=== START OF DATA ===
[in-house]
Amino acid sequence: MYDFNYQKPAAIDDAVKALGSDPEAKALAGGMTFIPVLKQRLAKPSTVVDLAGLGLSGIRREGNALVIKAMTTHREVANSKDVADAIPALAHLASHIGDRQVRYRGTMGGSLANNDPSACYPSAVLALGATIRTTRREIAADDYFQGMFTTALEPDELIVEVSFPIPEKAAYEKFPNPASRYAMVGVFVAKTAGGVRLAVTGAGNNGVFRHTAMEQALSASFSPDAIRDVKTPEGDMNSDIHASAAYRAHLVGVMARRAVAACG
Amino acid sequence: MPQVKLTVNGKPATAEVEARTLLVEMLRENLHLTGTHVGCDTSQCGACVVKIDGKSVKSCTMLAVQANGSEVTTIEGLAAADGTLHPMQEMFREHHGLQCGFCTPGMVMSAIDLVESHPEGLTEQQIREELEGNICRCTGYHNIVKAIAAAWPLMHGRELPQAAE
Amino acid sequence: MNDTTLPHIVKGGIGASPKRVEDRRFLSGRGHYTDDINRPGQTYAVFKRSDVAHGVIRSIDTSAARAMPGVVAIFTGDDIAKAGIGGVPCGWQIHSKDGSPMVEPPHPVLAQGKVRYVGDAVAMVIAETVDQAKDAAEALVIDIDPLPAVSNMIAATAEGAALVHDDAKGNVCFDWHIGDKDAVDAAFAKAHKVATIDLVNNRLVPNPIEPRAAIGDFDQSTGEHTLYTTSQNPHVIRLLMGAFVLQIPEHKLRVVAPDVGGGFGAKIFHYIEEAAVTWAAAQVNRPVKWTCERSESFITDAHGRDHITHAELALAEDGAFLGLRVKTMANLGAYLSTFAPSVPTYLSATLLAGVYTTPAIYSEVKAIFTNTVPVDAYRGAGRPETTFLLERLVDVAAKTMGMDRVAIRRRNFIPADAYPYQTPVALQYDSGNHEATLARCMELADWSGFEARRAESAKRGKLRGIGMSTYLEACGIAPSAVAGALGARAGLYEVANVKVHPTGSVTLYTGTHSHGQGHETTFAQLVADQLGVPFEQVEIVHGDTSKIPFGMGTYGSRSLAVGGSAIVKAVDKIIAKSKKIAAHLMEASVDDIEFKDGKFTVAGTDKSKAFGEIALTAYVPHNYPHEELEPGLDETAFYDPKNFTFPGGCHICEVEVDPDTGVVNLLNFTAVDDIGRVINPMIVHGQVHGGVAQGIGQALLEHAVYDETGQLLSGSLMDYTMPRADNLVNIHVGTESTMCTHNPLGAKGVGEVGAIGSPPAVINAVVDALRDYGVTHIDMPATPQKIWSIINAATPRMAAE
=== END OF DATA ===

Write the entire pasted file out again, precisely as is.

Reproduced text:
[in-house]
Amino acid sequence: MYDFNYQKPAAIDDAVKALGSDPEAKALAGGMTFIPVLKQRLAKPSTVVDLAGLGLSGIRREGNALVIKAMTTHREVANSKDVADAIPALAHLASHIGDRQVRYRGTMGGSLANNDPSACYPSAVLALGATIRTTRREIAADDYFQGMFTTALEPDELIVEVSFPIPEKAAYEKFPNPASRYAMVGVFVAKTAGGVRLAVTGAGNNGVFRHTAMEQALSASFSPDAIRDVKTPEGDMNSDIHASAAYRAHLVGVMARRAVAACG
Amino acid sequence: MPQVKLTVNGKPATAEVEARTLLVEMLRENLHLTGTHVGCDTSQCGACVVKIDGKSVKSCTMLAVQANGSEVTTIEGLAAADGTLHPMQEMFREHHGLQCGFCTPGMVMSAIDLVESHPEGLTEQQIREELEGNICRCTGYHNIVKAIAAAWPLMHGRELPQAAE
Amino acid sequence: MNDTTLPHIVKGGIGASPKRVEDRRFLSGRGHYTDDINRPGQTYAVFKRSDVAHGVIRSIDTSAARAMPGVVAIFTGDDIAKAGIGGVPCGWQIHSKDGSPMVEPPHPVLAQGKVRYVGDAVAMVIAETVDQAKDAAEALVIDIDPLPAVSNMIAATAEGAALVHDDAKGNVCFDWHIGDKDAVDAAFAKAHKVATIDLVNNRLVPNPIEPRAAIGDFDQSTGEHTLYTTSQNPHVIRLLMGAFVLQIPEHKLRVVAPDVGGGFGAKIFHYIEEAAVTWAAAQVNRPVKWTCERSESFITDAHGRDHITHAELALAEDGAFLGLRVKTMANLGAYLSTFAPSVPTYLSATLLAGVYTTPAIYSEVKAIFTNTVPVDAYRGAGRPETTFLLERLVDVAAKTMGMDRVAIRRRNFIPADAYPYQTPVALQYDSGNHEATLARCMELADWSGFEARRAESAKRGKLRGIGMSTYLEACGIAPSAVAGALGARAGLYEVANVKVHPTGSVTLYTGTHSHGQGHETTFAQLVADQLGVPFEQVEIVHGDTSKIPFGMGTYGSRSLAVGGSAIVKAVDKIIAKSKKIAAHLMEASVDDIEFKDGKFTVAGTDKSKAFGEIALTAYVPHNYPHEELEPGLDETAFYDPKNFTFPGGCHICEVEVDPDTGVVNLLNFTAVDDIGRVINPMIVHGQVHGGVAQGIGQALLEHAVYDETGQLLSGSLMDYTMPRADNLVNIHVGTESTMCTHNPLGAKGVGEVGAIGSPPAVINAVVDALRDYGVTHIDMPATPQKIWSIINAATPRMAAE